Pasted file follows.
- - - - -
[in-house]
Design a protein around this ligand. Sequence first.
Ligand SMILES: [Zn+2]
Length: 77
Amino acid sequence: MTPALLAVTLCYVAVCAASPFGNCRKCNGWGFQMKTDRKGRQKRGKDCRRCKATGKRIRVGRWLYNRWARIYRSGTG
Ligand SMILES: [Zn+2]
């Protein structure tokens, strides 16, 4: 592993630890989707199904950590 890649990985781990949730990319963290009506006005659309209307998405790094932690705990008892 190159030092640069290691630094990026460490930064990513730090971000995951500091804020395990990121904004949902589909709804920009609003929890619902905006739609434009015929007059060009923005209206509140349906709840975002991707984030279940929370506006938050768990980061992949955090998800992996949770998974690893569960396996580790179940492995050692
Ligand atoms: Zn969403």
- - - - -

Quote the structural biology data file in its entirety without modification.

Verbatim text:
[in-house]
Design a protein around this ligand. Sequence first.
Ligand SMILES: [Zn+2]
Length: 77
Amino acid sequence: MTPALLAVTLCYVAVCAASPFGNCRKCNGWGFQMKTDRKGRQKRGKDCRRCKATGKRIRVGRWLYNRWARIYRSGTG
Ligand SMILES: [Zn+2]
């Protein structure tokens, strides 16, 4: 592993630890989707199904950590 890649990985781990949730990319963290009506006005659309209307998405790094932690705990008892 190159030092640069290691630094990026460490930064990513730090971000995951500091804020395990990121904004949902589909709804920009609003929890619902905006739609434009015929007059060009923005209206509140349906709840975002991707984030279940929370506006938050768990980061992949955090998800992996949770998974690893569960396996580790179940492995050692
Ligand atoms: Zn969403």